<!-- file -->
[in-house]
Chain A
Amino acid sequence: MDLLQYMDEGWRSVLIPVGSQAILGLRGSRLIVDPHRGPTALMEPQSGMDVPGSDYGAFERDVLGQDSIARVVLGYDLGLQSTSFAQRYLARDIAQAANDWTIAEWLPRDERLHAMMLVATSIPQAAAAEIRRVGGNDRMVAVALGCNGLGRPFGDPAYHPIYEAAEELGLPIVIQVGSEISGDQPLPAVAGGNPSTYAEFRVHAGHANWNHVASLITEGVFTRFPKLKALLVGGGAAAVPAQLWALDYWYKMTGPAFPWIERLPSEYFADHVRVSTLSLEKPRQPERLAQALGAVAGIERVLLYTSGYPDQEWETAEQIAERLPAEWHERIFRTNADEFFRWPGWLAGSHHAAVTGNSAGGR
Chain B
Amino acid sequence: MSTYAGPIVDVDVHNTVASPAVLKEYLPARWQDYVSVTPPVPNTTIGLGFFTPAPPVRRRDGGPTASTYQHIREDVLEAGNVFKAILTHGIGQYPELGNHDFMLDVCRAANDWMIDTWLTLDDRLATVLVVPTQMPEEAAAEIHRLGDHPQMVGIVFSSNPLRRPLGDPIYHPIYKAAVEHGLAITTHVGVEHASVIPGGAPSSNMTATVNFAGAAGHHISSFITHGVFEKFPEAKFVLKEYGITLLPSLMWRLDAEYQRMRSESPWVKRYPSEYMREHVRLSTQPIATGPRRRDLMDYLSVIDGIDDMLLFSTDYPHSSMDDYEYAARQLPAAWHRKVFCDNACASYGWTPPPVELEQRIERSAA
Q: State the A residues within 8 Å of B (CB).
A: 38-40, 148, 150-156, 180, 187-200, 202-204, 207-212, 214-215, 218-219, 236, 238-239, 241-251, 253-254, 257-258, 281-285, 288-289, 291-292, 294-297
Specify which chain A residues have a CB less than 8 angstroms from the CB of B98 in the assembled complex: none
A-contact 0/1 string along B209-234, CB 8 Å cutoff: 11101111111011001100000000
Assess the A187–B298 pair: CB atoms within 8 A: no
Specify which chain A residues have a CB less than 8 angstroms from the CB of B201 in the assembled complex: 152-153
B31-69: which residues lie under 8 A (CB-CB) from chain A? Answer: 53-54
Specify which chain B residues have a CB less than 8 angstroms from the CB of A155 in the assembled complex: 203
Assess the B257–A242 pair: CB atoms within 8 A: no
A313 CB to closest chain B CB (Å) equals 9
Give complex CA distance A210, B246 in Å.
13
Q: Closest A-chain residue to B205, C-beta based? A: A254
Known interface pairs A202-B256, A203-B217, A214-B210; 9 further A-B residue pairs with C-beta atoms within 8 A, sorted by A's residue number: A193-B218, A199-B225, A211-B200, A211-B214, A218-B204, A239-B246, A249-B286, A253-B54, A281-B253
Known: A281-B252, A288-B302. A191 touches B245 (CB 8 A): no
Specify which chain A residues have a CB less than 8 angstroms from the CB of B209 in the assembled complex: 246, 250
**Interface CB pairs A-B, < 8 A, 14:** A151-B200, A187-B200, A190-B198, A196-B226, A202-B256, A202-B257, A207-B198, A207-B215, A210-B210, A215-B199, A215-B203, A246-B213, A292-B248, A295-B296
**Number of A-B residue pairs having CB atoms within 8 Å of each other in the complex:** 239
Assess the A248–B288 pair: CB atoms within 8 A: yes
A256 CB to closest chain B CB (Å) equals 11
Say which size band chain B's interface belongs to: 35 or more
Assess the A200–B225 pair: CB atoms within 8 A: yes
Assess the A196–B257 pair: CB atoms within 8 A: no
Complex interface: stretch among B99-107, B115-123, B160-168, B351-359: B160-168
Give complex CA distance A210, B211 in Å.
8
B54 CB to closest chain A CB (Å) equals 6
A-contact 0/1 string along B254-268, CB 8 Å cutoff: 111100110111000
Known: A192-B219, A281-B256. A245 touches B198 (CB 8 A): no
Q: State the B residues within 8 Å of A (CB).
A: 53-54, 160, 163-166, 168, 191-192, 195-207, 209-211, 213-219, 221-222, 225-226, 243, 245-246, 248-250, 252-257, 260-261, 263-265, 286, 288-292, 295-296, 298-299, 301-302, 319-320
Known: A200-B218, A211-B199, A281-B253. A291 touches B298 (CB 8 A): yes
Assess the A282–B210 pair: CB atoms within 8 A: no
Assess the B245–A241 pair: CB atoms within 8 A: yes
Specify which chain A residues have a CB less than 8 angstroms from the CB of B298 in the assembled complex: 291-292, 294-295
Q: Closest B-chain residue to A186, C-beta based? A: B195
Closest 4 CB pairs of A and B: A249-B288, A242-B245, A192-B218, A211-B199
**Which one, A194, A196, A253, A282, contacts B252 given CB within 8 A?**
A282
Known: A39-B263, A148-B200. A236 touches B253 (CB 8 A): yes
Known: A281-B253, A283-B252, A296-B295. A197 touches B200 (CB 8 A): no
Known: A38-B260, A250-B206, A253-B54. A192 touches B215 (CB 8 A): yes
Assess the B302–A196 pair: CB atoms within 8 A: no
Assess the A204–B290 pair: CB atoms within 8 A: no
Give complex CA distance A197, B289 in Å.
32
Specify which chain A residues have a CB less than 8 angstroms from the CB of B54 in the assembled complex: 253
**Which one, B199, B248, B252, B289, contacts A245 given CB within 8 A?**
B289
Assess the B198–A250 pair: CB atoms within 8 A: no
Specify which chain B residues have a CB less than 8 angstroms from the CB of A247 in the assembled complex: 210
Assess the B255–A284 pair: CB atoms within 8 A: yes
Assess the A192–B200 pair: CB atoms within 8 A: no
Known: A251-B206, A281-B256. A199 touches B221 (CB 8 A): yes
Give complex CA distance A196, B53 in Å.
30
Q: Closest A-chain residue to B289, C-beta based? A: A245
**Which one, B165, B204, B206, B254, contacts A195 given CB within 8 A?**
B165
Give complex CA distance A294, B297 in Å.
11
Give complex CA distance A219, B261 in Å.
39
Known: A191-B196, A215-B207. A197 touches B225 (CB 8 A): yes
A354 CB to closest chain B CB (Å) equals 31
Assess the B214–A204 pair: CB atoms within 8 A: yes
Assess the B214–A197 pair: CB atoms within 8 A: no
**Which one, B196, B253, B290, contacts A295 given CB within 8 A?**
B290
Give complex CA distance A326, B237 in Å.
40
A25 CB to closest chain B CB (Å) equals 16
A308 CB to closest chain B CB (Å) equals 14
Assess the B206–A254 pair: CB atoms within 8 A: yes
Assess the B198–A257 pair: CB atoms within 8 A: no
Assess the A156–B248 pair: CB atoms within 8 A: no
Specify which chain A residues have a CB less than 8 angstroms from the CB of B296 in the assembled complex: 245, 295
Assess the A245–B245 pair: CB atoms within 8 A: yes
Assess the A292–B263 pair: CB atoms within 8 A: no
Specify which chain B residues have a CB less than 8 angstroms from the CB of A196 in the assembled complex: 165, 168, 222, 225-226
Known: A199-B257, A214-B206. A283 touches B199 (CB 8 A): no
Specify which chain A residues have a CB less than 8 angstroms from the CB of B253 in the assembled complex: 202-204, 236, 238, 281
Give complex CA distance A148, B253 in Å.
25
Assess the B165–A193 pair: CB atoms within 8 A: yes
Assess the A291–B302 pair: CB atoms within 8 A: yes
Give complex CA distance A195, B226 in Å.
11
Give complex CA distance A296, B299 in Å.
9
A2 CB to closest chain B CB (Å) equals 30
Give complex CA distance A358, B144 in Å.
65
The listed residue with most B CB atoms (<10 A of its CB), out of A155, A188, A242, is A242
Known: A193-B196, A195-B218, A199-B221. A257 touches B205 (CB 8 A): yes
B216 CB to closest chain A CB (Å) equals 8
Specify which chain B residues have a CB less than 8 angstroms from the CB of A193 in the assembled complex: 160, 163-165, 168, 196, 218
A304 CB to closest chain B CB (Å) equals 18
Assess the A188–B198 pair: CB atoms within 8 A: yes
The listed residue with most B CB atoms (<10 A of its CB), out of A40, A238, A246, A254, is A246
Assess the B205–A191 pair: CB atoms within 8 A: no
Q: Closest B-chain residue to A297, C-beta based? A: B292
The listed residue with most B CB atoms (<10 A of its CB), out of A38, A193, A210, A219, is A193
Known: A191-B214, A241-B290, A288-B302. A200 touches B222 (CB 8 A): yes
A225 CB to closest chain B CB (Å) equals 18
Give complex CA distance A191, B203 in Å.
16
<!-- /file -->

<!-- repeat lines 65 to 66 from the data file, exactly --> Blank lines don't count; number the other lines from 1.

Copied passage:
Give complex CA distance A294, B297 in Å.
11